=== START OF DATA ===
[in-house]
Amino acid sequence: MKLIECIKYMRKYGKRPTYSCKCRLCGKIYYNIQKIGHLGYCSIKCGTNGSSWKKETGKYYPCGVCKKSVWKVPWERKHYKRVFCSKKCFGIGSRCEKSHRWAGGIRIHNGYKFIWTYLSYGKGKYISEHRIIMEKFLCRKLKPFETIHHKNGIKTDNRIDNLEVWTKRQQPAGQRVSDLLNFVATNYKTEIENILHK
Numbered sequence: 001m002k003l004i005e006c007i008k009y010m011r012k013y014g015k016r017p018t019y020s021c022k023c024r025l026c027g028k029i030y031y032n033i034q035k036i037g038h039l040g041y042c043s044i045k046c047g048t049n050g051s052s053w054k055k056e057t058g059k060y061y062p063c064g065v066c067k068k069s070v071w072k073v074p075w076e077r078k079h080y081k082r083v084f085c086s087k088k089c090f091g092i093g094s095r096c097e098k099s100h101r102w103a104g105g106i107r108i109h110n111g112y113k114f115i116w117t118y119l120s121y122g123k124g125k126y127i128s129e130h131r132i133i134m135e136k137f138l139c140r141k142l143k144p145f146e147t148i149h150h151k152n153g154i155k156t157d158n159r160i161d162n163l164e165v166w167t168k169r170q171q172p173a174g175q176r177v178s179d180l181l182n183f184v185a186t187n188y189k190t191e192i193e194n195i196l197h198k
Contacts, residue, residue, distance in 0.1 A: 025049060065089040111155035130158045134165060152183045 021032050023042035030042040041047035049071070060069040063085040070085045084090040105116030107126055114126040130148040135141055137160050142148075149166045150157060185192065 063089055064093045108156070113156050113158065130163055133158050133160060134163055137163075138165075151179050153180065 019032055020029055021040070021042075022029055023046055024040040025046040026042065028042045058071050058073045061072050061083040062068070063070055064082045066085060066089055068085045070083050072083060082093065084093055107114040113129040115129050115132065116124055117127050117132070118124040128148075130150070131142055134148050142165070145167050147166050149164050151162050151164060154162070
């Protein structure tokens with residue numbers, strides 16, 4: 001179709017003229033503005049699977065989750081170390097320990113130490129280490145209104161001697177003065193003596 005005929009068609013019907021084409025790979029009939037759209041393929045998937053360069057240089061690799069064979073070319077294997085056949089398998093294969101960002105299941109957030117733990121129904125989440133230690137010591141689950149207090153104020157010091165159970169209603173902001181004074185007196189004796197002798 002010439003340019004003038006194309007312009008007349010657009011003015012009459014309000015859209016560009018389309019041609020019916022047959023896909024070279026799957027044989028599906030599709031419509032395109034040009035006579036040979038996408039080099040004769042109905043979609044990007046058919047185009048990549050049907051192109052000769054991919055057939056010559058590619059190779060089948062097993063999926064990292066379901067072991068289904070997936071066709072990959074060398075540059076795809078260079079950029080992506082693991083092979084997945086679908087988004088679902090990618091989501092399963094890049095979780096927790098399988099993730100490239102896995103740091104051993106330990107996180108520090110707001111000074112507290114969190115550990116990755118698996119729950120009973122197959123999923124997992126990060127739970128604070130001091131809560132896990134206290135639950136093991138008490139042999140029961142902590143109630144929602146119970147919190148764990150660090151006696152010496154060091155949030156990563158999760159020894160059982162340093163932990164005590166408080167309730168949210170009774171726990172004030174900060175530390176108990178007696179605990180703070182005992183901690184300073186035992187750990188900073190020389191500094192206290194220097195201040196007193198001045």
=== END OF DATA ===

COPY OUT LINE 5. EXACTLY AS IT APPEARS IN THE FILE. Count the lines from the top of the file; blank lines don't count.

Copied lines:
């Protein structure tokens with residue numbers, strides 16, 4: 001179709017003229033503005049699977065989750081170390097320990113130490129280490145209104161001697177003065193003596 005005929009068609013019907021084409025790979029009939037759209041393929045998937053360069057240089061690799069064979073070319077294997085056949089398998093294969101960002105299941109957030117733990121129904125989440133230690137010591141689950149207090153104020157010091165159970169209603173902001181004074185007196189004796197002798 002010439003340019004003038006194309007312009008007349010657009011003015012009459014309000015859209016560009018389309019041609020019916022047959023896909024070279026799957027044989028599906030599709031419509032395109034040009035006579036040979038996408039080099040004769042109905043979609044990007046058919047185009048990549050049907051192109052000769054991919055057939056010559058590619059190779060089948062097993063999926064990292066379901067072991068289904070997936071066709072990959074060398075540059076795809078260079079950029080992506082693991083092979084997945086679908087988004088679902090990618091989501092399963094890049095979780096927790098399988099993730100490239102896995103740091104051993106330990107996180108520090110707001111000074112507290114969190115550990116990755118698996119729950120009973122197959123999923124997992126990060127739970128604070130001091131809560132896990134206290135639950136093991138008490139042999140029961142902590143109630144929602146119970147919190148764990150660090151006696152010496154060091155949030156990563158999760159020894160059982162340093163932990164005590166408080167309730168949210170009774171726990172004030174900060175530390176108990178007696179605990180703070182005992183901690184300073186035992187750990188900073190020389191500094192206290194220097195201040196007193198001045």